School Nurse Services 

Registered nurses are dedicated to improving the health and educational success of children and youth. School nurses are responsible for providing health services to students and staff. Specifically, a school nurse provides illness and injury assessments and interventions, chronic disease management, nursing procedures such as gastrostomy tube feedings and tracheotomy care, individualized nursing care plans and services for student with disabilities and/or health conditions that interfere with learning, health assessments for IEP development, screening for health factors impacting student education, assessment and interventions for students with mental health needs, crisis team participation, health curriculum participation, health policy development and serves as a school/community/health care provider liaison. Additionally, the school nurse often serves as the coordinator of other health related services in the school setting such as staff wellness, nutrition issues, health counseling, and healthy environments. For more information, contact Mary Louise Embrey, National Association of School Nurses (NASN). Visit the NASN website.

School Social Work Services 

School social workers understand that many students face social, emotional, mental health, learning, cultural, and economic barriers, which must be addressed in order for these students to be successful in school. The student outcomes related to school social work services are increased student achievement, safety, improved mental health, attendance, social-behavioral competency, and family and community involvement. School social workers provide a wide range of services to students, including assessment and screening, individual and group counseling, crisis intervention, family support, linking to community agencies and services, advocacy, and classroom instruction. In addition to serving students with disabilities, other student groups commonly served by school social workers are students experiencing violence and harassment, homeless students, pregnant and parenting students, students who have mental health challenges, truant students, students who are high-risk for dropping out of school, and students who are transitioning between school and treatment programs or the juvenile justice system. School social workers network with community-based organizations to ensure that students and families access needed services. They work closely with teachers and administrators to provide consultation related to behavior and classroom management, mental health, child abuse and neglect, crisis response, truancy, family dynamics, community resources, and other special concerns that impact student learning. Recognizing that many challenges experienced by students are brought into school and are prevalent in the school community, school social workers seek to develop and implement new programs, resources and policies that will maximize students’ success in school. For more information, contact Myrna Mandlawitz, School Social Work Association of America (SSWAA) at (202) 686-1637; Judith Kullas Shine, American Council for School Social Work (ACSSW); or Sharon Dietsche, National Association of Social Workers (NASW) at (202) 336-8268. Visit the SSWAA website; the ACSSW website; and the NASW website.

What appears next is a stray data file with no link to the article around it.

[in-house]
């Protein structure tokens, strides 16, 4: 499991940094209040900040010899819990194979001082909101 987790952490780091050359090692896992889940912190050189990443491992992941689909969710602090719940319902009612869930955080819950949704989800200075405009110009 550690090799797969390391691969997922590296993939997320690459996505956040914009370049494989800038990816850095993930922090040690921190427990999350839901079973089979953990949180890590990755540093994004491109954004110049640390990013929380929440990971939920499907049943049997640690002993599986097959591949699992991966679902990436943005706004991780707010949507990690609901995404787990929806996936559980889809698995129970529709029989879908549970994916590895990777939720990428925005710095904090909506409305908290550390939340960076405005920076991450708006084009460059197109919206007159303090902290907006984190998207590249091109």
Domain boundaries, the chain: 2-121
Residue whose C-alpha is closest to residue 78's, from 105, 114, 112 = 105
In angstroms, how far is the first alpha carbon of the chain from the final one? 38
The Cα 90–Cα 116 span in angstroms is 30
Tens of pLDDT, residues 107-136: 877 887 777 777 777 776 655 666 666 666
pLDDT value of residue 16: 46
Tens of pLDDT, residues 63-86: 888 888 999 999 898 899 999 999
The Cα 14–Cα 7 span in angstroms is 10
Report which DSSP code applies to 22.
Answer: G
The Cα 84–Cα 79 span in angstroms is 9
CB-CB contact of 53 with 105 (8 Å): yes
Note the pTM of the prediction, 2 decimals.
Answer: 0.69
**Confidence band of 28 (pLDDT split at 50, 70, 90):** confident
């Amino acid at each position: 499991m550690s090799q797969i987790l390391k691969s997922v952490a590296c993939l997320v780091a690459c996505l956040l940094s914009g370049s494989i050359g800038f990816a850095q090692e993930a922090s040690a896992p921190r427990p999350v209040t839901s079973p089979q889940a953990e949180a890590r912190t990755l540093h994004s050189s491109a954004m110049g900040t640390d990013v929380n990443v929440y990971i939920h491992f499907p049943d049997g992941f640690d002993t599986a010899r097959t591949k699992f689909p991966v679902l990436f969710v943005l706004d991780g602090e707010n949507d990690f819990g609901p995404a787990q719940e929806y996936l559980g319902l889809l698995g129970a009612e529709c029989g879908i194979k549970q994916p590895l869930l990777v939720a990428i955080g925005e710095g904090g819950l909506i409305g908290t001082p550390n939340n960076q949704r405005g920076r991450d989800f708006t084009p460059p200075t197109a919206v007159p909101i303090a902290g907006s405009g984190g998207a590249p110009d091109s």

Speech-Language Pathology Services 

Speech-language pathologists (SLPs) work with students with communication disorders including students struggling with language learning and literacy problems to develop and improve their oral communication, reading, and writing skills. SLPs are professionally trained to prevent, screen, consult, evaluate, diagnose, treat, provide intervention for, manage, counsel, and provide follow-up services for persons with or who are at risk for speech, language, cognitive communication, swallowing and related disorders. The school-based SLP is an essential member of the pre-referral, interdisciplinary, IEP, and other educational teams in the school. School-based SLPs provide services for students who have speech and language disorders as their primary disability and also provide related services to students with other disabilities including: specific learning disabilities; developmental disabilities; emotional disturbance; multiple disabilities; hearing; orthopedic, visual or health impairments; autism; deaf-blindness; and traumatic brain injury. SLPs provide services to students in different ways ---to individuals, small groups, and in the classroom setting depending on the needs of the student. They work with teachers, families, and other specialized instructional support personnel to provide the support and expertise needed to help students’ achieve academic success and receive the maximum benefit from their educational program. Certified speech-language pathologists hold either a master’s degree or a doctoral degree, complete a clinical fellowship year, and take a national examination to earn a Certificate of Clinical Competence (CCC) from the American Speech-Language- Hearing Association (ASHA). For more information, contact Susan Karr, American Speech-Language-Hearing Association (ASHA) at (301) 296-5684. Visit the ASHA website.